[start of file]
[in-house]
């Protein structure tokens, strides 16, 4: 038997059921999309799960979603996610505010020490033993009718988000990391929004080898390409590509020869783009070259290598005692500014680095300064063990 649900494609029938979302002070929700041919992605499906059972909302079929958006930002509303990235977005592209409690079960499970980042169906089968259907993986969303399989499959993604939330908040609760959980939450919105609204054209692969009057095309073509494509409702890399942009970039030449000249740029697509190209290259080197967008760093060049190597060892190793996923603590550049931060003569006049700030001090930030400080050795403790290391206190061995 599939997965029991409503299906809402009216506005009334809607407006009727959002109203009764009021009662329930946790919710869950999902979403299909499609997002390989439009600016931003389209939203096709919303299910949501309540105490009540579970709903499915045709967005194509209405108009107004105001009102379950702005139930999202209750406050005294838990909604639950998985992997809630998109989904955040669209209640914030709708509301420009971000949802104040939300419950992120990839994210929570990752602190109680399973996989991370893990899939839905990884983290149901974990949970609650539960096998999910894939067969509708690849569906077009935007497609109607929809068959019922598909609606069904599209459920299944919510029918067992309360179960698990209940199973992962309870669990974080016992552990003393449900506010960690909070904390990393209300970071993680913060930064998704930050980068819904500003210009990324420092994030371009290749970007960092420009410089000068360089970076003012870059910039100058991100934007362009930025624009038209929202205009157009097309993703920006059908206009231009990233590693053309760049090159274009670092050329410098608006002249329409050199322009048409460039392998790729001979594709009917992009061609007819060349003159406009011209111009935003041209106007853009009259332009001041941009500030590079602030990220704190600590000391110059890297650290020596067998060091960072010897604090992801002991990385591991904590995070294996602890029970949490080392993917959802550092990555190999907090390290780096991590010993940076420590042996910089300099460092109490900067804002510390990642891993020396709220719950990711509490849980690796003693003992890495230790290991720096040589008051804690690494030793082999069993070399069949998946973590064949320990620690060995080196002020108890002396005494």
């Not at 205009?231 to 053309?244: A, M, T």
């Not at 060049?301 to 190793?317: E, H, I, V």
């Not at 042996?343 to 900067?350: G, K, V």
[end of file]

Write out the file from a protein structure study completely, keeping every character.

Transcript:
[in-house]
């Protein structure tokens, strides 16, 4: 038997059921999309799960979603996610505010020490033993009718988000990391929004080898390409590509020869783009070259290598005692500014680095300064063990 649900494609029938979302002070929700041919992605499906059972909302079929958006930002509303990235977005592209409690079960499970980042169906089968259907993986969303399989499959993604939330908040609760959980939450919105609204054209692969009057095309073509494509409702890399942009970039030449000249740029697509190209290259080197967008760093060049190597060892190793996923603590550049931060003569006049700030001090930030400080050795403790290391206190061995 599939997965029991409503299906809402009216506005009334809607407006009727959002109203009764009021009662329930946790919710869950999902979403299909499609997002390989439009600016931003389209939203096709919303299910949501309540105490009540579970709903499915045709967005194509209405108009107004105001009102379950702005139930999202209750406050005294838990909604639950998985992997809630998109989904955040669209209640914030709708509301420009971000949802104040939300419950992120990839994210929570990752602190109680399973996989991370893990899939839905990884983290149901974990949970609650539960096998999910894939067969509708690849569906077009935007497609109607929809068959019922598909609606069904599209459920299944919510029918067992309360179960698990209940199973992962309870669990974080016992552990003393449900506010960690909070904390990393209300970071993680913060930064998704930050980068819904500003210009990324420092994030371009290749970007960092420009410089000068360089970076003012870059910039100058991100934007362009930025624009038209929202205009157009097309993703920006059908206009231009990233590693053309760049090159274009670092050329410098608006002249329409050199322009048409460039392998790729001979594709009917992009061609007819060349003159406009011209111009935003041209106007853009009259332009001041941009500030590079602030990220704190600590000391110059890297650290020596067998060091960072010897604090992801002991990385591991904590995070294996602890029970949490080392993917959802550092990555190999907090390290780096991590010993940076420590042996910089300099460092109490900067804002510390990642891993020396709220719950990711509490849980690796003693003992890495230790290991720096040589008051804690690494030793082999069993070399069949998946973590064949320990620690060995080196002020108890002396005494």
């Not at 205009?231 to 053309?244: A, M, T």
């Not at 060049?301 to 190793?317: E, H, I, V």
């Not at 042996?343 to 900067?350: G, K, V």